Which means I'm pretty much done until the start of the Fall semester. :) Two A's for sure, and possibly/probably an A in the third class pending results.
I'm going to go hunt some Pokemon for a bit, and try to get a really good Articuno.
I don't think I've heard a political analysis like this before, and new takes are actually pretty rare IMHO. Most pundits and news agencies are just recycling the same tired old arguments. Probably part of why we all stop listening to each other.
I'm sharing this because I really liked the distinction between being a "real man" and being a "good man".
When I think of the men in my family - fathers, uncles, brothers - and friends who enjoy the benefits of fatherhood and family, who I've never questioned as to whether they were a "real man", and I sometimes wonder how we got this limiting notion that a "real man" is all about screwing lots of women and one-up ping everyone.
I know some of it is just America, too. Consider how weird we find it that men in the middle east often hold hands. Like that picture of President Bush holding hands with the Saudi king.
What really sucks is I find it hard to believe that these so-called "real men" (who seem so weak and fragile compared to the men I know. Like showing affection somehow threatens your masculinity?!? You must not be very confident about that, if so) are truly happier with such a one-dimensional, rigid, narrow role that cuts them off from any real connection.
I was reading an article about the Amazon Echo, and saw a link to the article below. I was curious about it, mostly because Windows is still the primary desktop /business /office /school platform. That is, much though I love my mobile if I'm going to do any serious typing I want a mouse and a keyboard. (Maybe someday they'll create little portable computer modules that you can plug and play in phones, tablets and desktops. Or virtually project a mouse and keyboard so you really can work off your phone. Or, heck, maybe we'll all be cyborgs in the future, with implanted computers that can project displays on our eyeballs and read our intention to type. I started to envision verbally talking to a voice assistant to write emails and papers, but honestly I type faster than I speak and I don't think that's realistic. Unless everyone forgets how to type, which I suppose can happen.)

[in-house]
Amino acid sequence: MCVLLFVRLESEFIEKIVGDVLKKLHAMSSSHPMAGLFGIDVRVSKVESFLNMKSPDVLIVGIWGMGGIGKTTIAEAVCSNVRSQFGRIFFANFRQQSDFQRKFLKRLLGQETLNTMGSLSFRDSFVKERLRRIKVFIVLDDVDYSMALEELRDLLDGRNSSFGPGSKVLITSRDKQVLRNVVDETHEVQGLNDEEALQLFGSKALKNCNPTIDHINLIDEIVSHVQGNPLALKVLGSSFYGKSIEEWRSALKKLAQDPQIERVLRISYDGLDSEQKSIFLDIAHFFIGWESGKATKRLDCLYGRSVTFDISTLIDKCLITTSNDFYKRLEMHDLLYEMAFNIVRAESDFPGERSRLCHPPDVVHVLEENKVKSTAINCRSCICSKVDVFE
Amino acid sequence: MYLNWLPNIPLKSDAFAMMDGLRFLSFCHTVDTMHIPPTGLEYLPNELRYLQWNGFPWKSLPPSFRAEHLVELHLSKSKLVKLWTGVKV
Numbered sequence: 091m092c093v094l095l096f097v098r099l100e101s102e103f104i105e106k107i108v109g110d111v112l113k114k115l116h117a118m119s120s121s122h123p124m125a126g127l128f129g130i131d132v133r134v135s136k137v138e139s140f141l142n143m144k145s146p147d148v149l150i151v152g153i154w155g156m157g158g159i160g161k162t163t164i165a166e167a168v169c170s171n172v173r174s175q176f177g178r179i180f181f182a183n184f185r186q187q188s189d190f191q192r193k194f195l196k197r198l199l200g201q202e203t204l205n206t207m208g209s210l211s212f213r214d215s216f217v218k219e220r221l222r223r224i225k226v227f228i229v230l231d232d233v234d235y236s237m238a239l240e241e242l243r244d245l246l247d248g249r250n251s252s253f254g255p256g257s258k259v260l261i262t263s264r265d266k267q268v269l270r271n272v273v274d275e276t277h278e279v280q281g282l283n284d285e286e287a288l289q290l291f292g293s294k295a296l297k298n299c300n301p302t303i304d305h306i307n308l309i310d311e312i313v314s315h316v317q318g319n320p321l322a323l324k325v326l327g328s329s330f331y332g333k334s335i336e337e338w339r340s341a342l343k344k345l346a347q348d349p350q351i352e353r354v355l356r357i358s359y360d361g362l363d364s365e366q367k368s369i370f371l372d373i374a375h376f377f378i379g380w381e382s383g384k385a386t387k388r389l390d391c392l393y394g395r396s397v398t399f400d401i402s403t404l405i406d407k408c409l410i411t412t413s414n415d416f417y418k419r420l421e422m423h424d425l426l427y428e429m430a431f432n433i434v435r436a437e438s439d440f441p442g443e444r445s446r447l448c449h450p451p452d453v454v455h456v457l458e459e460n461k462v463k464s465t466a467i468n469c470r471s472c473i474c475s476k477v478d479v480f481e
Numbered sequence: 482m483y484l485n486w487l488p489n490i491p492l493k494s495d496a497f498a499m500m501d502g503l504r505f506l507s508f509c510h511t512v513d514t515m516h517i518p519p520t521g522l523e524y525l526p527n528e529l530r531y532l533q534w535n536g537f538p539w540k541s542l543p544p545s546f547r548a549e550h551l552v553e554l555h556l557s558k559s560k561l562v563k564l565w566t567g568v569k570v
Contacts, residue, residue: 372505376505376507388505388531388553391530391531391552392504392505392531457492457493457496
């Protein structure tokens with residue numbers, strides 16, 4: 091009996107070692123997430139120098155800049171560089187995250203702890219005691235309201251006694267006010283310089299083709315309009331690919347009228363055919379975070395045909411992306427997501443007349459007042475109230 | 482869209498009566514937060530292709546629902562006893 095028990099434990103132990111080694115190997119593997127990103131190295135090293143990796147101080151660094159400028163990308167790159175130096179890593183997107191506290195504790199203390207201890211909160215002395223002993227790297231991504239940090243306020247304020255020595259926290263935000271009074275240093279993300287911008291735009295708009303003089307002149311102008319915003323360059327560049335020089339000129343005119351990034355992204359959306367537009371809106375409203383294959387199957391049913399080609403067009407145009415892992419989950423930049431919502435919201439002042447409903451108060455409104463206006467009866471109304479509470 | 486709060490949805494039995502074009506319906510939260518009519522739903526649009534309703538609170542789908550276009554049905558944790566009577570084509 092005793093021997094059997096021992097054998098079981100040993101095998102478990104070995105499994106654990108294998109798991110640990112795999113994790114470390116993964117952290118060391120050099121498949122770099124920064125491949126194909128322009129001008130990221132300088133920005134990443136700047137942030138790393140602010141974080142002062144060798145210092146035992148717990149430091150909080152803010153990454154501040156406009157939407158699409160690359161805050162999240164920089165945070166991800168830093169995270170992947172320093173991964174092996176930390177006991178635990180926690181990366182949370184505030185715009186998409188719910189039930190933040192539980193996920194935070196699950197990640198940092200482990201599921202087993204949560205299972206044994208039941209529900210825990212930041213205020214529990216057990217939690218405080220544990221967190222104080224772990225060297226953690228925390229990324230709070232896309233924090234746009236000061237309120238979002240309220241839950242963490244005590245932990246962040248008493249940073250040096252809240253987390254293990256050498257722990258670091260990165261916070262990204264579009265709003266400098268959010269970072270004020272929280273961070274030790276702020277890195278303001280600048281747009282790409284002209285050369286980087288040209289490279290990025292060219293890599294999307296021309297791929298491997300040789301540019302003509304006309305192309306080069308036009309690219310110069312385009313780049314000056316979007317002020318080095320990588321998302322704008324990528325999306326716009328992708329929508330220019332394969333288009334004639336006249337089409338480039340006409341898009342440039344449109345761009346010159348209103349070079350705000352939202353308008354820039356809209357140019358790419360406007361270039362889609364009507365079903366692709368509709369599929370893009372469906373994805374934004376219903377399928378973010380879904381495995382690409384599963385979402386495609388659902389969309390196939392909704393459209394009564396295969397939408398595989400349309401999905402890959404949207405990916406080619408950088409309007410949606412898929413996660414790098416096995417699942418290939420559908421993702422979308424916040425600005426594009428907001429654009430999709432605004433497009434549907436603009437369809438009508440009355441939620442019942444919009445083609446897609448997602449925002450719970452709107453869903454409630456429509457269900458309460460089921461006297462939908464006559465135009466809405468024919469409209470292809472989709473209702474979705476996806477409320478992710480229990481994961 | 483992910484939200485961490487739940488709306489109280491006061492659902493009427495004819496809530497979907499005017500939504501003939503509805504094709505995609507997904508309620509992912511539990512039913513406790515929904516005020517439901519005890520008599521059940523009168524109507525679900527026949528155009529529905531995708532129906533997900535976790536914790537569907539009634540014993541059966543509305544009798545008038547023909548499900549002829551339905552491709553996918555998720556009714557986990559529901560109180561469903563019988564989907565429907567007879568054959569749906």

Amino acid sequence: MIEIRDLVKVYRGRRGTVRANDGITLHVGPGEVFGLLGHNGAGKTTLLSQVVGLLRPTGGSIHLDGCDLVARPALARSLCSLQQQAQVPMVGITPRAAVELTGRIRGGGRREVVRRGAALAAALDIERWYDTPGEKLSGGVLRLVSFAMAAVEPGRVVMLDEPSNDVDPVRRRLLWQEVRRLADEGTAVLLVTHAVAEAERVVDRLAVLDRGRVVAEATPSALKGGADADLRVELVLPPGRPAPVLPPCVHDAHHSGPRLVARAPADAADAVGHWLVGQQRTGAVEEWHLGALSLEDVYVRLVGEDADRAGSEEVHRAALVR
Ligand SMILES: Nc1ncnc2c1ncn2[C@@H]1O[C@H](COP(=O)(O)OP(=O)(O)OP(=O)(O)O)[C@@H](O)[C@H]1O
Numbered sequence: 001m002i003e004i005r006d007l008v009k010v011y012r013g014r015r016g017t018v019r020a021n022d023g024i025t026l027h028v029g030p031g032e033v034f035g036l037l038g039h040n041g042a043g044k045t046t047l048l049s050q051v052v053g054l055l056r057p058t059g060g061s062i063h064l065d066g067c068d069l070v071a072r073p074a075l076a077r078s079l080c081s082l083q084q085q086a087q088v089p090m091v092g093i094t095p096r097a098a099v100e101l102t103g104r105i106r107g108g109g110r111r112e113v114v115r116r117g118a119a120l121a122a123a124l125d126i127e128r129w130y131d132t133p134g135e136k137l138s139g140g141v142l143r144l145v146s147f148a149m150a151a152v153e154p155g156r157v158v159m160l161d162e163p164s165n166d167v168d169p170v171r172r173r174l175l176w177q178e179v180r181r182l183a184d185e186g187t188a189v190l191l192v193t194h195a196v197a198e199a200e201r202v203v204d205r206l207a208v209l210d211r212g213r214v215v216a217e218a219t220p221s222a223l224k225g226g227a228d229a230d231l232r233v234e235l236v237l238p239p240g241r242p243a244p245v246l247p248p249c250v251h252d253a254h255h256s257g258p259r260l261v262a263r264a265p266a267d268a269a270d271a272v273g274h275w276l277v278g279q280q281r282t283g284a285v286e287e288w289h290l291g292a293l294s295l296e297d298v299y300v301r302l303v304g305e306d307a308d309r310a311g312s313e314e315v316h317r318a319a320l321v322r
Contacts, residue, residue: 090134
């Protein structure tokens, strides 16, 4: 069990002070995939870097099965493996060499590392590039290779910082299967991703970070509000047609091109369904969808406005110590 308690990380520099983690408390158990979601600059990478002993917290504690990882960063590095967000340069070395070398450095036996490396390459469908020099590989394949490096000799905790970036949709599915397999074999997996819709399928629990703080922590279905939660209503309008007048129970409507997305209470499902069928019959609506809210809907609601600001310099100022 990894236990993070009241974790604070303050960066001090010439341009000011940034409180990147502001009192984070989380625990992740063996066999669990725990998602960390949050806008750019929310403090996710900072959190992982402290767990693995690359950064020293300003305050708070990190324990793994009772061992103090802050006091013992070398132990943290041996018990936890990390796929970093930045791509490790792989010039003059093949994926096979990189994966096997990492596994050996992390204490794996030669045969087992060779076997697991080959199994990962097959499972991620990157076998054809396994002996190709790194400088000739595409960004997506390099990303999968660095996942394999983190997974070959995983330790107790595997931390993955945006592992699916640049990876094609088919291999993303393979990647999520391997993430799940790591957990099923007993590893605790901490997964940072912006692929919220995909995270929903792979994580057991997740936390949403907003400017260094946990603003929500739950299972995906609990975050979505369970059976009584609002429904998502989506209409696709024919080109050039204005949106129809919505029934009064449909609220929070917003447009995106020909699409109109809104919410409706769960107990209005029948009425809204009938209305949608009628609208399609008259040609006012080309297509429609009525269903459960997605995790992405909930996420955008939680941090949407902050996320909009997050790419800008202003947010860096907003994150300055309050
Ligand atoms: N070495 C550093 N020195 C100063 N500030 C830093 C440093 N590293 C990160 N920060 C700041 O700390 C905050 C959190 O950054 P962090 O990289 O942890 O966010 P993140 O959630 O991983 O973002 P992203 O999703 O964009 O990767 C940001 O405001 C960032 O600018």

Anyways, although I was skeptical about the article I was struck by the notion that his criticism here could apply to our political parties. Okay, first the article:
In our political system, the parties cater to their base (and the wealthy donors and lobbyists that fund them). The perception is that they do this at the expense of the whole, which I generally agree with.
Used to be, politicians knew they had to cater to the base in primary elections, then shift to a more general appeal for the election itself. Getting those independents and swing voters was key to winning.
I'm not sure I believe that happens any more. That is, both parties seem to have given up on swing voters and instead focus on a) energizing their base and b) discouraging turnout from the other side's supporters.
Some of that is our own fault, of course. Too few Americans don't even bother to vote (much less vote in the primaries, which you pretty much have to if you don't want to get stuck yet again choosing between the lesser of two evils with whatever horrible candidates the hardcore party bases pick).
Still, the parties, whenever they suffer a defeat and claim to be determined to figure out what went wrong (which has happened with both parties in my lifetime. Yet somehow they always recover, and the other party never maintains dominance), seem to do exactly what this article criticizes Microsoft for.
That is, in trying to figure out what to do better, they generally go to the base. Their loyalists. The ones that weren't going to defect in the first place. And annoying though it is for those party loyalists who feel taken for granted, they aren't the ones the party needs to appeal to in order to do better next election.